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Tshering Dorji 1 Article
Genetic diversity and evolutionary patterns of SARS-CoV-2 among the Bhutanese population during the pandemic
Tshering Dorji, Kunzang Dorji, Tandin Wangchuk, Tshering Pelki, Sonam Gyeltshen
Osong Public Health Res Perspect. 2023;14(6):494-507.   Published online December 14, 2023
DOI: https://doi.org/10.24171/j.phrp.2023.0209
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Objectives
The coronavirus disease 2019 (COVID-19) pandemic, caused by a dynamic virus, has had a profound global impact. Despite declining global COVID-19 cases and mortality rates, the emergence of new severe acute respiratory syndrome coronavirus 2 (SARS-CoV-2) variants remains a major concern. This study provides a comprehensive analysis of the genomic sequences of SARS-CoV-2 within the Bhutanese population during the pandemic. The primary aim was to elucidate the molecular epidemiology and evolutionary patterns of SARS-CoV-2 in Bhutan, with a particular focus on genetic variations and lineage dynamics. Methods: Whole-genome sequences of SARS-CoV-2 collected from Bhutan between May 2020 and February 2023 (n=135) were retrieved from the Global Initiative on Sharing All Influenza Database. Results: The SARS-CoV-2 variants in Bhutan were predominantly classified within the Nextstrain clade 20A (31.1%), followed by clade 21L (20%) and clade 22D (15.6%). We identified 26 Pangolin lineages with variations in their spatial and temporal distribution. Bayesian time-scaled phylogenetic analysis estimated the time to the most recent common ancestor as February 15, 2020, with a substitution rate of 0.97×10–3 substitutions per site per year. Notably, the spike glycoprotein displayed the highest mutation frequency among major viral proteins, with 116 distinct mutations, including D614G. The Bhutanese isolates also featured mutations such as E484K, K417N, and S477N in the spike protein, which have implications for altered viral properties. Conclusion: This is the first study to describe the genetic diversity of SARS-CoV-2 circulating in Bhutan during the pandemic, and this data can inform public health policies and strategies for preventing future outbreaks in Bhutan.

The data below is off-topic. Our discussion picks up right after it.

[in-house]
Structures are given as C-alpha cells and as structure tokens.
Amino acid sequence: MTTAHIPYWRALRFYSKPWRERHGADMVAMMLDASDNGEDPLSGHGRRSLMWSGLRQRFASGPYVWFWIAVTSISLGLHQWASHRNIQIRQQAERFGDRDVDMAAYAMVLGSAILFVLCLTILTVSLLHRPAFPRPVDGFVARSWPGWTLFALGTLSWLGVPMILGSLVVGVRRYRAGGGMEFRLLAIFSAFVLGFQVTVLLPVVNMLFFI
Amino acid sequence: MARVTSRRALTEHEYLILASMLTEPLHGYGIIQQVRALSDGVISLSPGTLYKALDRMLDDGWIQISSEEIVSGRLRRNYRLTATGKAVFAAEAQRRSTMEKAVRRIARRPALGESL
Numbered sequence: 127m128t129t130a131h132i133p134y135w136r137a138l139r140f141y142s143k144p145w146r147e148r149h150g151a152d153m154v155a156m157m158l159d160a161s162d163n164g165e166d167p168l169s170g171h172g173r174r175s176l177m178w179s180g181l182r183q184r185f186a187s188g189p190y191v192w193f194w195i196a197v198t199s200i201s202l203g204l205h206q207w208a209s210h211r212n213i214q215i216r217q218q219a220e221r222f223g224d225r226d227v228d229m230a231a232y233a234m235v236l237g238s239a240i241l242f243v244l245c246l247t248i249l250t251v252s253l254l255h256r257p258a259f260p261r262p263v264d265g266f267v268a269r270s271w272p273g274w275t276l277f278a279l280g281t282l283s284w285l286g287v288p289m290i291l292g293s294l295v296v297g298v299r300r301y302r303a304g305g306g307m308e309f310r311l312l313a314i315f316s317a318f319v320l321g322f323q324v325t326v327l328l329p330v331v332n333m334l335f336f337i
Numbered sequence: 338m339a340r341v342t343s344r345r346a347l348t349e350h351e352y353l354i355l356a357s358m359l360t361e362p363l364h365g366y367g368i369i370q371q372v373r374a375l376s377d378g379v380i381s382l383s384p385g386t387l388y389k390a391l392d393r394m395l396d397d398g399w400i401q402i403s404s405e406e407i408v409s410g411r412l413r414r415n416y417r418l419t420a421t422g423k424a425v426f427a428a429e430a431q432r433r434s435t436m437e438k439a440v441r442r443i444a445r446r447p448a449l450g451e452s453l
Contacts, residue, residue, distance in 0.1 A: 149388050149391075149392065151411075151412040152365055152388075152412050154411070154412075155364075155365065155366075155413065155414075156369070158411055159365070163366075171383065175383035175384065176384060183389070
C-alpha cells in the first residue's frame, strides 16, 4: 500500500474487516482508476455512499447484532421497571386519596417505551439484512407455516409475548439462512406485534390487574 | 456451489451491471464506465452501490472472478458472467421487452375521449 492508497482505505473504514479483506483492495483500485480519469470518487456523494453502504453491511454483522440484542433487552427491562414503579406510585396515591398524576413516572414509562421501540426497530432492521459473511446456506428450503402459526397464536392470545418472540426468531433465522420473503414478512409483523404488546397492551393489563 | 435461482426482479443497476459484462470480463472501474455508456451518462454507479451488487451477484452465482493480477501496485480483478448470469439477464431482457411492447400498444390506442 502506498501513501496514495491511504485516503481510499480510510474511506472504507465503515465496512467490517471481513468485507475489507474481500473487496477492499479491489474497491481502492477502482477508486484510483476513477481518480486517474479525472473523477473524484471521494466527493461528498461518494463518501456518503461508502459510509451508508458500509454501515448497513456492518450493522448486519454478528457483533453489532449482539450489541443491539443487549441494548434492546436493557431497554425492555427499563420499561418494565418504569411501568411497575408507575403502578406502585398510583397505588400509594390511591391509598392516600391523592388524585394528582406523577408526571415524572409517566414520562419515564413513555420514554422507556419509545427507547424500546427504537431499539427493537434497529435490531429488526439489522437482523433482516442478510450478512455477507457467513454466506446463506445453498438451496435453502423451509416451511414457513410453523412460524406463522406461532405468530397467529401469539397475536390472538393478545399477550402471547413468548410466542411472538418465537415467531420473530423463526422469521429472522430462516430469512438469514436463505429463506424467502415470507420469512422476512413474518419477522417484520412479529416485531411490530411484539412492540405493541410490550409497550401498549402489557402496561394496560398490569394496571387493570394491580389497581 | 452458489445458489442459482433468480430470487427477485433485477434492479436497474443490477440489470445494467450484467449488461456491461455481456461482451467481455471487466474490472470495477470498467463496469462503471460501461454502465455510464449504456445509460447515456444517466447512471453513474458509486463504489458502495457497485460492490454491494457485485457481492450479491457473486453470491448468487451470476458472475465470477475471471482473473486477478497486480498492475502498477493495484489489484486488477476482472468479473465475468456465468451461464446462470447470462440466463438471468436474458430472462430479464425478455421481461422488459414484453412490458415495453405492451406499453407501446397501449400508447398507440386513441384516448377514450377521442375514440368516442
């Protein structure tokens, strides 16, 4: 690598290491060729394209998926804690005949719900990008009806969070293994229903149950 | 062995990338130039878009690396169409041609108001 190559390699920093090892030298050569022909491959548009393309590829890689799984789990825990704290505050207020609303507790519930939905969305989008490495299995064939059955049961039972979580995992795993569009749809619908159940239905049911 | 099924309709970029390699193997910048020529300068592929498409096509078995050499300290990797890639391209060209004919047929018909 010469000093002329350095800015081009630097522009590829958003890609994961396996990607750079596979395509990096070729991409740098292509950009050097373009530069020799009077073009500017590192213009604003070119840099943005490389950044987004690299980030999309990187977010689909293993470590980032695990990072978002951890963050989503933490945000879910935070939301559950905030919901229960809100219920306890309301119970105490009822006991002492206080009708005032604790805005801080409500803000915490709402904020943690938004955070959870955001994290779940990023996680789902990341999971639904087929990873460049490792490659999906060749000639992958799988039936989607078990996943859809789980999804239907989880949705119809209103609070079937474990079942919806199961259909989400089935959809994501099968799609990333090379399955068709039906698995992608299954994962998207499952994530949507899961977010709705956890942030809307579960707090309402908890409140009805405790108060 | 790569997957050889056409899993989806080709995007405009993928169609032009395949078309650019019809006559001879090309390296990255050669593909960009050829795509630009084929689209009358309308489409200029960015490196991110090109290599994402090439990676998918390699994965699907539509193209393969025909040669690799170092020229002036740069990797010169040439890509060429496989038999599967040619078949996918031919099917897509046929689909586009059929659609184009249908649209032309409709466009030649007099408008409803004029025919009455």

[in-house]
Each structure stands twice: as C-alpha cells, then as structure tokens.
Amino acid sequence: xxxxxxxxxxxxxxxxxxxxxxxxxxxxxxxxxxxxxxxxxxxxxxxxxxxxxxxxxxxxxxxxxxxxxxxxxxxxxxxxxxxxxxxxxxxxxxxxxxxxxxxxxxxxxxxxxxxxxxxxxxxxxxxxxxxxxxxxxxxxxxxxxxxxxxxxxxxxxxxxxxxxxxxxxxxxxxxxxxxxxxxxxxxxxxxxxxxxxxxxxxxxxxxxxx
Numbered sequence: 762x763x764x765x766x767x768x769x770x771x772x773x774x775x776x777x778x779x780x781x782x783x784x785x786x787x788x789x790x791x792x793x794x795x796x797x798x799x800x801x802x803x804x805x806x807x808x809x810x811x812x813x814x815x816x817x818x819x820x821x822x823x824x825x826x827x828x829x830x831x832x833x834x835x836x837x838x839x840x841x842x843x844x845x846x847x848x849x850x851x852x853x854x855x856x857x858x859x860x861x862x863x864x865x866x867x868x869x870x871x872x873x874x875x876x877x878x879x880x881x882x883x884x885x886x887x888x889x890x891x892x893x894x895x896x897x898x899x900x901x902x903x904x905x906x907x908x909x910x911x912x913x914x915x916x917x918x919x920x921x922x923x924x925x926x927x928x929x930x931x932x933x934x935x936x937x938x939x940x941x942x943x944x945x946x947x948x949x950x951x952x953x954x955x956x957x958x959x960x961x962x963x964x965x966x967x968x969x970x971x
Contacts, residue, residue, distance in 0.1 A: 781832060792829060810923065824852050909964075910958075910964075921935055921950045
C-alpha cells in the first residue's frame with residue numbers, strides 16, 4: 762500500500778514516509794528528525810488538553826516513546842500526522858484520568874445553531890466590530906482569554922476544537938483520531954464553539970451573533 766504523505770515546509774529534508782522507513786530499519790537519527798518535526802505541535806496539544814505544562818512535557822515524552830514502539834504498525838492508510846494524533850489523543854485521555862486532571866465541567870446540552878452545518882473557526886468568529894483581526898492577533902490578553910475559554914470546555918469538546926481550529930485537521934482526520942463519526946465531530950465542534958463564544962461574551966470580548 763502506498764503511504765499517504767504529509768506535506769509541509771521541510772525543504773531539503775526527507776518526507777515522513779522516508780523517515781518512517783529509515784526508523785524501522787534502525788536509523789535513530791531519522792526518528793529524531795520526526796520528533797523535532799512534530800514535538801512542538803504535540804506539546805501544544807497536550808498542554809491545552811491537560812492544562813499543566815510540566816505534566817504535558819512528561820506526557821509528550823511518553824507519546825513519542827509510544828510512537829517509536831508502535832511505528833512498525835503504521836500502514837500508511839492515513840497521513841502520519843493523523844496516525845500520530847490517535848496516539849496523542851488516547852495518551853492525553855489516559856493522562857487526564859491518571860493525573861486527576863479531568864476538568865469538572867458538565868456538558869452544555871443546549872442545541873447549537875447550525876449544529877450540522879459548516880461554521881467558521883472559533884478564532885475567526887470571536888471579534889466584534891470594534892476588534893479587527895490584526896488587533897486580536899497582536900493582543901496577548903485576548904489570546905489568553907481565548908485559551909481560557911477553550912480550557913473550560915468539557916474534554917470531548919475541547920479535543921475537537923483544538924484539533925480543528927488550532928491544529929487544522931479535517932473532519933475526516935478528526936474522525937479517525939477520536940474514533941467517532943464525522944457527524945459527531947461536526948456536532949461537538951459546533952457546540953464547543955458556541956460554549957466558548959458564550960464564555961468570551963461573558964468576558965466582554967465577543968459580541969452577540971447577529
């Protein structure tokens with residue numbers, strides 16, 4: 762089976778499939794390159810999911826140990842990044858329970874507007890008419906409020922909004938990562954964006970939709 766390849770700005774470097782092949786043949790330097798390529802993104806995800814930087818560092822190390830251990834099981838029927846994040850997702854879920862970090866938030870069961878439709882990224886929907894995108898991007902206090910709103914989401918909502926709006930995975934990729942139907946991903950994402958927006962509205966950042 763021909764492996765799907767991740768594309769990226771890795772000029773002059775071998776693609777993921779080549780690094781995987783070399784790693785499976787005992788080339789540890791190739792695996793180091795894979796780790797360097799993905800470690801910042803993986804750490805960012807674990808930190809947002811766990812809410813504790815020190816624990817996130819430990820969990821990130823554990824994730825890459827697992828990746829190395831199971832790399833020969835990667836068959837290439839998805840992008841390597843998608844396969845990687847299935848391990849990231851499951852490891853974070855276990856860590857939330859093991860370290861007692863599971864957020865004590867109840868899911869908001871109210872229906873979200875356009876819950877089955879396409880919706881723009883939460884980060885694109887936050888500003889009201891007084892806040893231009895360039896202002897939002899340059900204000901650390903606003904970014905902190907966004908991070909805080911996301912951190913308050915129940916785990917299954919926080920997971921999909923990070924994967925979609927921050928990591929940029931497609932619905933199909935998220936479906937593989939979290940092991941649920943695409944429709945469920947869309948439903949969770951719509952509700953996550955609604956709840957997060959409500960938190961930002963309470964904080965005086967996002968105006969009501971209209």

PHRP : Osong Public Health and Research Perspectives